Saturday, June 12, 2010

Living Abroad, By Brandy Patricia Koslowsky, Age 11

My name is Brandy P. Koslowsky and I am 11 years old. I was born in Yuma, Arizona, on December 21, 1998. In 2000, we moved to Okinawa, Japan. I've lived here ever since. Living abroad my whole life is very interesting. I learn new things every day about Okinawa and its heritage. I get to go to new and very different places. When you are living abroad, you can do many different and exciting things than other people in the world.
One thing I did that other people may not have done is wear a kimono. A kimono is a very fancy dress. Just to tie the dress, you need three ribbons. The fabric is really soft and brightly colored with different images such as flowers, dragon files, and different birds. When you wear a kimono, you usually put up your hair in a very high bun. Kimonos are most commonly used at very special occasions like tea ceremonies and weddings. When I see people wearing kimonos, they look extremely pretty! Another thing I did was go to an underground cave. Once I reached the cave, it was very damp and cold. You will definitely need a jacket. Drops of ice cold water started to drop from the roof of the cave. If one lands on your head, make a wish and for the rest of the day, you will be so very lucky! In the cave, you will see different lakes of water. The water is freezing cold and shallow. In the water, you will see a lot of species of fish, eels, spiders, and scorpions that are running about. When the cave ended, a beam of light hit my eyes. I could barely see because my eyes got used to the darkness of the cave. Going to the caves was very fun! There are a lot of breath-taking places in Okinawa.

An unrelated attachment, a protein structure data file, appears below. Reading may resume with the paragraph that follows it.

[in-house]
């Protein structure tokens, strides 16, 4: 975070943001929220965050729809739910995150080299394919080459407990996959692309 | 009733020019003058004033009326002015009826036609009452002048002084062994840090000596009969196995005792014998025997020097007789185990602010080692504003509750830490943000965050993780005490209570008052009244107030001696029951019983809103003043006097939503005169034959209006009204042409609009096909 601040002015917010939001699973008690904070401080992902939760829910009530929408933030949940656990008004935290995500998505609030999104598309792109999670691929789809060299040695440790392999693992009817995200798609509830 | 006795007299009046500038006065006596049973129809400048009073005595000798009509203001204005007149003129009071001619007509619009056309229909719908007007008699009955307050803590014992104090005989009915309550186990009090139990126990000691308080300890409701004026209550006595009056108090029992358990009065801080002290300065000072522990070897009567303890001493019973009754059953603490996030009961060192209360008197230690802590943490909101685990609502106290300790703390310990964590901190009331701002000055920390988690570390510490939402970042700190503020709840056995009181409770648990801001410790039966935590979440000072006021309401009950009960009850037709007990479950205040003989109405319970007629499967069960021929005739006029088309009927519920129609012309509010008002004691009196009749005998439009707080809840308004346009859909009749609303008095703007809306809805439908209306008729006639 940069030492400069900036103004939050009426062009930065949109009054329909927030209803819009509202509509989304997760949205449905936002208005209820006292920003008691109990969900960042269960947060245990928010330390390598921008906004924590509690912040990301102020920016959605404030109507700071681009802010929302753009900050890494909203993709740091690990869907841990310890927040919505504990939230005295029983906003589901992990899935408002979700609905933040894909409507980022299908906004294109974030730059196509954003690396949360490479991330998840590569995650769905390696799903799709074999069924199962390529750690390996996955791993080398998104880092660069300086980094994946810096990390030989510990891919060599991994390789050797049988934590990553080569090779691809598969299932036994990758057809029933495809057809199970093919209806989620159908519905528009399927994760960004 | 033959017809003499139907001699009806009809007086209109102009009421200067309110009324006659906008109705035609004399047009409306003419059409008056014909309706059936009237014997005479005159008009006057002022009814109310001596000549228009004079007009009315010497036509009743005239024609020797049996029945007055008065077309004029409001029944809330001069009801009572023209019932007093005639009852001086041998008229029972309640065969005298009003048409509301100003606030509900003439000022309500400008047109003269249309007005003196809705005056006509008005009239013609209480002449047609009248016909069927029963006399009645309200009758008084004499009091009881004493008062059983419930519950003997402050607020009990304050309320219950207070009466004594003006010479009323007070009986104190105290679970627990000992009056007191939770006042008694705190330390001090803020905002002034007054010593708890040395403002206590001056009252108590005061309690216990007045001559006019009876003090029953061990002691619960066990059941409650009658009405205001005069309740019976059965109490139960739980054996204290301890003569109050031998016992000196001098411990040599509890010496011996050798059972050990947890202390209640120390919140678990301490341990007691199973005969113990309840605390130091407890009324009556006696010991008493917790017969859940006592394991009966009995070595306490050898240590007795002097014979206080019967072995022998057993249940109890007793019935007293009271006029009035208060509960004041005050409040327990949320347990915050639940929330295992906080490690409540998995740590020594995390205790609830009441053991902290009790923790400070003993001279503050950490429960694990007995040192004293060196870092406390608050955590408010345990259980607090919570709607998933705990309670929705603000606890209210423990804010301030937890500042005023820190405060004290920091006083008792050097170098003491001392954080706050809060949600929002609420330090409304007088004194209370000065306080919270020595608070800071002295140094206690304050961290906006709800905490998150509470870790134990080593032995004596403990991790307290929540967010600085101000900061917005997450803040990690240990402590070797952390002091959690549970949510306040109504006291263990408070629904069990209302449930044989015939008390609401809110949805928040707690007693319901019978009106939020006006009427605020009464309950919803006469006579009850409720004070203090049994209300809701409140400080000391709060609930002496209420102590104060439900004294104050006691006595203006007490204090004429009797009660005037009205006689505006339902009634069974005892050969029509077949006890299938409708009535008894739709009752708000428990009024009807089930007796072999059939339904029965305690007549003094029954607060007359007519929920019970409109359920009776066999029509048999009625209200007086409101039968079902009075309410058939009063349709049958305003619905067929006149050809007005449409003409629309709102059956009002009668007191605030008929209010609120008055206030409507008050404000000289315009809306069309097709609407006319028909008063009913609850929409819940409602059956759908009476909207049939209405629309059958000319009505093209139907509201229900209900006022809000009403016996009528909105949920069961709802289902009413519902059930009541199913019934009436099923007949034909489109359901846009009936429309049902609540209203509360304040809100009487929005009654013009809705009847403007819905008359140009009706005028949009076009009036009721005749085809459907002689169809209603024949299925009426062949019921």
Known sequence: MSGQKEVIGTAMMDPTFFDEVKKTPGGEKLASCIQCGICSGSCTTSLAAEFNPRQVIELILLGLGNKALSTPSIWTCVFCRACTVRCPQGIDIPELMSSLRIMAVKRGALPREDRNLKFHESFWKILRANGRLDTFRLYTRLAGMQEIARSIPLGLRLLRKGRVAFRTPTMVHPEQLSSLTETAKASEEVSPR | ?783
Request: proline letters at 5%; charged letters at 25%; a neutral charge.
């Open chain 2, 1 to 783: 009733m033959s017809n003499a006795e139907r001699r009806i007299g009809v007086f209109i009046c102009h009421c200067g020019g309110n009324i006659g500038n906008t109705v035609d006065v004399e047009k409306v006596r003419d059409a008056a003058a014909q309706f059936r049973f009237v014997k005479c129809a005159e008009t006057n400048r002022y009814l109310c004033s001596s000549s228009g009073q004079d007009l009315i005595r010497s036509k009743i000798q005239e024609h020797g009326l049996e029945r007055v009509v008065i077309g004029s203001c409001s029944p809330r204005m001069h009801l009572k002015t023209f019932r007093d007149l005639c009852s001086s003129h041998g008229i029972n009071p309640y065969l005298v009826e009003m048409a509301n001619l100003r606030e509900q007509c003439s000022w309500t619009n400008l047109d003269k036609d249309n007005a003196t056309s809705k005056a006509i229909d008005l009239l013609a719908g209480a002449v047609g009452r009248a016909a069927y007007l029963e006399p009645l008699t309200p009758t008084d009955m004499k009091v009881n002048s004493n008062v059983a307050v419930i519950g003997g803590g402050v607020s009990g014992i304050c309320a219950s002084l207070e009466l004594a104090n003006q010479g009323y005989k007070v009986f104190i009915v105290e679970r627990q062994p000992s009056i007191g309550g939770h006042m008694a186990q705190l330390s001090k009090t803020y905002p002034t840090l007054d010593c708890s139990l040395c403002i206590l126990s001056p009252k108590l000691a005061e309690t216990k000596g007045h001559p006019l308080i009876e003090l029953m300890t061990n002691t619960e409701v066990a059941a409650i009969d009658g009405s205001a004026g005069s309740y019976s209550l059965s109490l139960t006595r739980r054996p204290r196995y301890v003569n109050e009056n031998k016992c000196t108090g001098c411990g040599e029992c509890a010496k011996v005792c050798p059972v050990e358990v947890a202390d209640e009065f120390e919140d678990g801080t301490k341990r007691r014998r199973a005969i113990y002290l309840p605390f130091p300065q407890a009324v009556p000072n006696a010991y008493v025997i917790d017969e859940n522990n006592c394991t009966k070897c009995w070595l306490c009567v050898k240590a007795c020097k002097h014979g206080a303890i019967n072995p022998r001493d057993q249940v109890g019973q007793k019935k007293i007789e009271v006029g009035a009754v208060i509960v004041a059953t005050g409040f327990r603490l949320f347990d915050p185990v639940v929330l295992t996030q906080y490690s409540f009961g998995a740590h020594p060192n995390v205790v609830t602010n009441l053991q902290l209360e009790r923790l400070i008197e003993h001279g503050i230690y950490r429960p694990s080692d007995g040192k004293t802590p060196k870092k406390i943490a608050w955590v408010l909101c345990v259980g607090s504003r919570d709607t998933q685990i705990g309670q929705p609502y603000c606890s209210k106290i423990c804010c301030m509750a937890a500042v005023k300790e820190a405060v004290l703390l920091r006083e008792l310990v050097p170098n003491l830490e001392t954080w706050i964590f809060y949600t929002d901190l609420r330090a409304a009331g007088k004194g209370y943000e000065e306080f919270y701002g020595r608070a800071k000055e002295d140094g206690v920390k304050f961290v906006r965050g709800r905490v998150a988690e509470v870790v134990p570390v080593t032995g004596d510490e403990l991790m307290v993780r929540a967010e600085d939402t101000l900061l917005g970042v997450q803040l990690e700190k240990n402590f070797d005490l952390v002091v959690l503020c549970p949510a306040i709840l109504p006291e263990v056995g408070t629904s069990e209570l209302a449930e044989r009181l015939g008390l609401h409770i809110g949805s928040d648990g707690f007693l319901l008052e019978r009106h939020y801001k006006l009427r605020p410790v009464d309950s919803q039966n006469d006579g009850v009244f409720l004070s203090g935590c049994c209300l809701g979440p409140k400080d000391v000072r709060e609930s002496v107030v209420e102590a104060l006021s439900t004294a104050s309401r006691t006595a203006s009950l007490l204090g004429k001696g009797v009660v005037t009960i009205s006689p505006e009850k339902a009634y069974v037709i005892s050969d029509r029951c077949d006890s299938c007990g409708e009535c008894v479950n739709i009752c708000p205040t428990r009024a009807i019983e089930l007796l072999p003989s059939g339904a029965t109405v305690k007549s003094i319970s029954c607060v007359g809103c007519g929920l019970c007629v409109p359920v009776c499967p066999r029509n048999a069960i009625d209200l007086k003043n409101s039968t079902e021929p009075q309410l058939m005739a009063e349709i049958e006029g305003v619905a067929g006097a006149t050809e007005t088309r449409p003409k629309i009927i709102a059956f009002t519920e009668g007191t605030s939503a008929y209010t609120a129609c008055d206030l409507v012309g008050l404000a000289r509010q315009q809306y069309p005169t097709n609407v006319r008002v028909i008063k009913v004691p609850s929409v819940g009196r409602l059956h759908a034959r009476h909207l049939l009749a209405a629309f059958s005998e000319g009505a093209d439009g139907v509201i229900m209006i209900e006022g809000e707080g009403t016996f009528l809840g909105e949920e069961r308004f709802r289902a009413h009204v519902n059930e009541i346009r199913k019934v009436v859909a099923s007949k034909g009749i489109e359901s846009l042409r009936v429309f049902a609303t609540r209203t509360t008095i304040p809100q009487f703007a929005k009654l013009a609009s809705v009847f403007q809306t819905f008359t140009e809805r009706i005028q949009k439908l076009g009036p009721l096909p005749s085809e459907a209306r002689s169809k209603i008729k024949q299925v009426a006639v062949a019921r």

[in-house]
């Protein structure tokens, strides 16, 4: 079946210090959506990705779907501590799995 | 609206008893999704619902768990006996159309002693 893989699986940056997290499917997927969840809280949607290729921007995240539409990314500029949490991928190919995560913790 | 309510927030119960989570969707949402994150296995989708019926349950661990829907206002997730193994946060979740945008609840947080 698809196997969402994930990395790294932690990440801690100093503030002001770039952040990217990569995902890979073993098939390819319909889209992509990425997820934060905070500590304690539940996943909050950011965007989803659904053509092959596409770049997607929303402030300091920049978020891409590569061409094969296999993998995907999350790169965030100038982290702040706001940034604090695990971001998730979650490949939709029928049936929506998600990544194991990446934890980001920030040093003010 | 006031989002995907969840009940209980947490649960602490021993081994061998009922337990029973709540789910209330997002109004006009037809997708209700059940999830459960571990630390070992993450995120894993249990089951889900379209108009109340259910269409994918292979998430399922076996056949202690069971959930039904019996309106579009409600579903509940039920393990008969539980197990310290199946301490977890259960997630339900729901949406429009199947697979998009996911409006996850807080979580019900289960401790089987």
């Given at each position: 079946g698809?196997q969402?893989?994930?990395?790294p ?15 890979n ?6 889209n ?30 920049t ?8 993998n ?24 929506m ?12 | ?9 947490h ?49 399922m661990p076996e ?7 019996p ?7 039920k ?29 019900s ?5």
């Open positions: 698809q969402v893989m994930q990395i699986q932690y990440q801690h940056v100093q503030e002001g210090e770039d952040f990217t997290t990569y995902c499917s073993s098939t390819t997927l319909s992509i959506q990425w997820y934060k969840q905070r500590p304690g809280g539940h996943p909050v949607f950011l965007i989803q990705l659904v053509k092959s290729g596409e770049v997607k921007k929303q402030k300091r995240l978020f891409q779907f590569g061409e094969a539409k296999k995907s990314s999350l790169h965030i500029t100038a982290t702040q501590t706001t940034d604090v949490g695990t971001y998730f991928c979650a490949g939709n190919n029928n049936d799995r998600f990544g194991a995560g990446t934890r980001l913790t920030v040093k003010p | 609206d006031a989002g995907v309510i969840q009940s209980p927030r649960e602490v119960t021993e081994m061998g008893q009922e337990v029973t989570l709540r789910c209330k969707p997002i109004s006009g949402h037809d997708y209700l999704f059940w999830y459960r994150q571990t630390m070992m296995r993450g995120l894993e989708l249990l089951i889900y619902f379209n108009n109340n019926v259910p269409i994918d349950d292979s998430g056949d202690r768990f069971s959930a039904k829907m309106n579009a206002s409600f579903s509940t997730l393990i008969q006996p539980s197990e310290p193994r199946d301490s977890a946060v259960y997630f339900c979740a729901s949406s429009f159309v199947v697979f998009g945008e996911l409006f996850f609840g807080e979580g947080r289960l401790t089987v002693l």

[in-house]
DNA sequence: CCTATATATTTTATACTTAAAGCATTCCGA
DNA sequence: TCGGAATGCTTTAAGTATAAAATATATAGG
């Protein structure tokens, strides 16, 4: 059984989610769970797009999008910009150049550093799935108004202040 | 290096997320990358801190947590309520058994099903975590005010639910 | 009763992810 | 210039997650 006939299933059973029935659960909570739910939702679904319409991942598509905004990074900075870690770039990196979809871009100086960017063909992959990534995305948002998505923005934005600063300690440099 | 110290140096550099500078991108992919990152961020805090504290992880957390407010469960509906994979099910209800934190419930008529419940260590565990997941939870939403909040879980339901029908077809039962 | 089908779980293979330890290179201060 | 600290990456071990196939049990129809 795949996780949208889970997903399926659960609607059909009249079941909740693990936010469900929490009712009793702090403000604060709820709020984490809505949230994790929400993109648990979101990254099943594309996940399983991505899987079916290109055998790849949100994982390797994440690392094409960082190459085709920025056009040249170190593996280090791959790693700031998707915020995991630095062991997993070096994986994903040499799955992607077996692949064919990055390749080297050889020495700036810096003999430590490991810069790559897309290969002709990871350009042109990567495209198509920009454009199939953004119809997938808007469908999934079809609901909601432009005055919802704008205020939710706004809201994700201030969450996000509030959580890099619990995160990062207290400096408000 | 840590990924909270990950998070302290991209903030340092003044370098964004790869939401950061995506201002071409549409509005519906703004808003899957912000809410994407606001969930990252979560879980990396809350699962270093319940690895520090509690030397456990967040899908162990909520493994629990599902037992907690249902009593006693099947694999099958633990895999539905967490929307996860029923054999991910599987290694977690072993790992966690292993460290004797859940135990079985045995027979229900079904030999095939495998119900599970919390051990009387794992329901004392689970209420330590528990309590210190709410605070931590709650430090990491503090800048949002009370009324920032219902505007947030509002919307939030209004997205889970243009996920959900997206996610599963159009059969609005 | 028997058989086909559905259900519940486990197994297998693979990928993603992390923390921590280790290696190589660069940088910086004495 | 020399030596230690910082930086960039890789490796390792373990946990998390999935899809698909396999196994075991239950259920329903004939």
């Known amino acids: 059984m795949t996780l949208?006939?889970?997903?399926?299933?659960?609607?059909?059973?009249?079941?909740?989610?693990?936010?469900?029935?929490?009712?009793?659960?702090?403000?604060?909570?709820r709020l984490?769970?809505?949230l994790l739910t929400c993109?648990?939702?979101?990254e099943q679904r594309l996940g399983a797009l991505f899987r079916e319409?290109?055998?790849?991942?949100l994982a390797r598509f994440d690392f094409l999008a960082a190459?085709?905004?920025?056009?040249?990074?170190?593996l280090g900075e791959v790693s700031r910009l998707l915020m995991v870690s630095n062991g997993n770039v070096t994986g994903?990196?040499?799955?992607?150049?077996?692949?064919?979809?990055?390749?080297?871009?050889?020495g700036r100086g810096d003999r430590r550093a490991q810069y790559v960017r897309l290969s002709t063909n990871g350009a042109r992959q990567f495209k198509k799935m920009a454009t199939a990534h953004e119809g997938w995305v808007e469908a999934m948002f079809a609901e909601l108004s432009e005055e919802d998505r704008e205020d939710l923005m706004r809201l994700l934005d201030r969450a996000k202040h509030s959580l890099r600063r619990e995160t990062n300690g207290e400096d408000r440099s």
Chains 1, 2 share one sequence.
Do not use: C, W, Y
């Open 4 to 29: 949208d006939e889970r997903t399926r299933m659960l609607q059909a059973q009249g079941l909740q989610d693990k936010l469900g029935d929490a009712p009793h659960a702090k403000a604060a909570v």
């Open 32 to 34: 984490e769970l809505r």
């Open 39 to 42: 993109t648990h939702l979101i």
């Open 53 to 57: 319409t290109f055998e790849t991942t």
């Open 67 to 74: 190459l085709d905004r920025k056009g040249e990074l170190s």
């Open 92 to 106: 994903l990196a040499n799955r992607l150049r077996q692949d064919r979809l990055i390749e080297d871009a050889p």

When you are living abroad, there are different cultures to learn about. In Okinawa, they have many different foods and techniques to make food. When they eat their food, they only use two sticks to eat their delicious food. These are called chop sticks. When you first use the chop sticks, it is very frustrating and very confusing. Once you get the hang of it, it becomes much easier to use, but be careful. The food could slip! Most of Okinawa's foods are eaten with rice. They also make balls of rice into different shapes, such as triangles, squares, rectangles, and different size balls. Sometimes, my mother makes me a "bento" for lunch. A bento is a lunch that has different things in it, such as rice balls, vegetables, and a different variety of meat. The package the food is put in is a box or a rectangle. After that, the Japanese culture is to rap the box or rectangle in a handkerchief so it is easy to carry from place to place. Bento is one of my most favorite things to eat for lunch. Another kind of food is "ramen" and "soba." Ramen is a long skinny noodle. With the noodles are soup, egg, and different healthy vegetables. Soba is similar to ramen. Soba is a fat, soft, long, and silky noodle. The noodle has soup with it, too. It also has meat, kamaboko, and ginger. Kamaboko has different things in it such as vegetables for adults and pictures of cartoons for children. My family and I eat soba on New Year's Day at midnight. We do this so we can have a lucky year, but if you cut the noodle in half with your teeth before it is completely in your mouth, you will have a shorter life and some bad luck. I would very confidently say that Okinawa's main food source is seafood and rice.